How did Donald Trump’s oldest sons — entrusted to run his real estate empire when he became president — react when they learned that a top executive was scheming to dodge taxes on lavish corporate perks?

They gave him a raise, according to testimony Friday at the Trump Organization’s tax fraud trial.

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Allen Weisselberg, the Trump Organization’s former chief financial officer, testified that Eric Trump raised his pay by $200,000 after an internal audit spurred by Trump’s 2016 election found that he had been reducing his salary and bonuses by the cost of the perks.

The raises boosted Weisselberg’s annual pay to $1.14 million, extra cash he said he used to pick up the tab for things Trump and the company had previously been paying: rent on a Manhattan apartment, Mercedes-Benz cars for him and his wife, his grandchildren’s private school tuition, and more.

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The company continues to pay Weisselberg his usual $640,000 in salary and $500,000 in holiday bonuses and punished him only nominally after his arrest in July 2021, reassigning him to senior adviser and moving him to a different office at Trump Tower. He is now on a paid leave of absence.

Weisselberg discussed his pay boost on his third and final day of testimony at the trial.

He testified that Eric Trump and Donald Trump Jr., both executive vice presidents at the Trump Organization, knew from the audit that Weisselberg had not reported his company-paid apartment as taxable income, as required by law.

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Weisselberg told jurors he stopped his scheme after the audit. Soon after, he said, he asked Eric Trump for a raise, conveying to him that “since the practice was no longer going on I would need some additional income to pay for those expenses.”

Weisselberg said Eric Trump, who handles day-to-day operations at the company, signed off on his raise and is now in line to approve his latest $500,000 Christmas bonus — even as Weisselberg prepares to shuffle off to New York City’s infamous Rikers Island jail complex.

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Other executives accused of scheming to avoid taxes on company perks also kept their jobs and pay, Weisselberg said. They include his son, former Central Park ice rink manager Barry Weisselberg, and the company’s chief operating officer, Matthew Calamari Sr.

Weisselberg, 75, pleaded guilty in August to taking $1.7 million in off-the-books compensation. His plea agreement requires him to testify as a prosecution witness in exchange for a five-month jail sentence. Weisselberg, who had been facing as many as 15 years in prison, said he previously rejected an offer of one to three years in prison.

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Manhattan prosecutors allege that the Trump Organization helped top executives avoid paying taxes on company-paid perks and that it is liable for Weisselberg’s wrongdoing because he was a “high managerial agent” entrusted to act on its behalf.

The tax fraud case is the only criminal trial that has arisen from the Manhattan district attorney’s three-year investigation of Trump and his business practices. if convicted, the company could be fined more than $1 million and face difficulty getting loans and making deals.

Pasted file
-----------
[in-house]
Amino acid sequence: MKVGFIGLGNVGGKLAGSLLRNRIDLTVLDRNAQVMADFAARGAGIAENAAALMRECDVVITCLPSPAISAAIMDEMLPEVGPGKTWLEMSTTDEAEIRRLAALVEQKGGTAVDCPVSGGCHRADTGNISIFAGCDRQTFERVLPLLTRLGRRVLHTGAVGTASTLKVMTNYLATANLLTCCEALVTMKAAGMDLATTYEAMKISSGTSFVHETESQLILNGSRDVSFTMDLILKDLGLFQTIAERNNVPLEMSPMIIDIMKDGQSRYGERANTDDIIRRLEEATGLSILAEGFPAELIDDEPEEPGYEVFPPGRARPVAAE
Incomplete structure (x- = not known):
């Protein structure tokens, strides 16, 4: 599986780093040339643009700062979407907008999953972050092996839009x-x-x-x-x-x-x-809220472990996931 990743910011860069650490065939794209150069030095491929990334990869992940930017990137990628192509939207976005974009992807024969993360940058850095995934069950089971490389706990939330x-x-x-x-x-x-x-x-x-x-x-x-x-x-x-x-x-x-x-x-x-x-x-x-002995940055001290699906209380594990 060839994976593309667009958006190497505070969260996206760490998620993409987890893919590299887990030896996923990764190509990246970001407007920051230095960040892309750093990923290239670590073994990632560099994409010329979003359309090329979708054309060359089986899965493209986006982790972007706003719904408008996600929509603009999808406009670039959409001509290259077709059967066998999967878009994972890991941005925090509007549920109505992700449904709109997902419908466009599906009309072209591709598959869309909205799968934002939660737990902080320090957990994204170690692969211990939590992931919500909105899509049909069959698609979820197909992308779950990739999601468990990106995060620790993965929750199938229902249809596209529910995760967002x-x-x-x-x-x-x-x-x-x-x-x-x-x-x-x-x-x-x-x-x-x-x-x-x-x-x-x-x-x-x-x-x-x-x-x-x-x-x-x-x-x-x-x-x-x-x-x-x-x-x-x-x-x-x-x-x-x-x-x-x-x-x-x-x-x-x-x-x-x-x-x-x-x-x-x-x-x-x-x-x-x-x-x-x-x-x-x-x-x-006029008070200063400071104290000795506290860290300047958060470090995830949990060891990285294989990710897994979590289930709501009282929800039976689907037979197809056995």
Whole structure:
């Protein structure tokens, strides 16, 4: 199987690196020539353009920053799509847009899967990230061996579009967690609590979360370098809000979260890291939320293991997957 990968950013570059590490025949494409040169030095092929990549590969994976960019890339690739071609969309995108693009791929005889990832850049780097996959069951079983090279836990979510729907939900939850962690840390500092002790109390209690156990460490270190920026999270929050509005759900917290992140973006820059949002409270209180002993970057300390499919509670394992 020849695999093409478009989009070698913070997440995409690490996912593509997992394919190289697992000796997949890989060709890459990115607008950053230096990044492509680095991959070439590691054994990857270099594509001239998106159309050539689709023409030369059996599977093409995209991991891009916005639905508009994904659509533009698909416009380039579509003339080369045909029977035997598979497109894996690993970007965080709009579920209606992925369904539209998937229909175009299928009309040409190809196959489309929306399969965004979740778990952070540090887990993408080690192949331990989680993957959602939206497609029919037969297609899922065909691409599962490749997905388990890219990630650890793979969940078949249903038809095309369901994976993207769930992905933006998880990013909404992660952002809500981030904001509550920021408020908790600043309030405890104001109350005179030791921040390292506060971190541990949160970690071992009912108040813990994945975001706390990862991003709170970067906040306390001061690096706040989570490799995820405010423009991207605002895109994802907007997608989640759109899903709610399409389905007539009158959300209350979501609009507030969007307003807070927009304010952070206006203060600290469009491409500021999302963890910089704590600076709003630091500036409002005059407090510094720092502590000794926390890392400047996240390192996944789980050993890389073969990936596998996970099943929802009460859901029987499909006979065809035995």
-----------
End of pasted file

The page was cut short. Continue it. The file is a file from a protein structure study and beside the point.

Weisselberg’s testimony Friday suggests that key executives at the Trump Organization and members of Trump’s own family condoned his behavior once it was discovered, rather than firing him and reporting him to the authorities. Weisselberg said the company benefited from his scheme because it did not have to pay him as much in salary.

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Company lawyers, however, argue that the Trumps are deeply loyal — stressing how Weisselberg was “among the most trusted people they knew” and how they continued to stand by him, even as he acknowledged betraying their trust. His lawyers are being paid by the company.

Trump, who announced Tuesday that he is running again for president in 2024, is not expected to appear at the trial. But he signaled Friday that he has been following along, defending Weisselberg and bashing prosecutors in posts to his Truth Social platform.

Trump wrote that the case had “fallen apart” after Weisselberg testified Thursday that neither Trump nor Trump’s family were involved in his tax avoidance scheme.

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“Did a longtime executive pay tax on the use of a company car, or a company apartment, or payments (not even taken by us as a tax deduction!) for the education of his grandchildren. For this he get handcuffs and jail?” Trump wrote, describing the situation as “VERY UNFAIR!”

Trump was elected president in November 2016 and took office in January 2017, inviting fresh scrutiny of the Trump Organization, a privately held entity through which he and his family manage its golf courses, luxury towers and other investments.

Weisselberg said he and another company executive, Jeffrey McConney, decided around the time of the election that the company needed to start changing some of its dubious pay practices and financial arrangements. They brought in a Washington lawyer who audited the company’s tax practices and wrote a long memo detailing her findings.

McConney, the senior vice president and controller, helped Weisselberg fudge payroll records to reduce his income tax bill. He received immunity and testified earlier in the trial.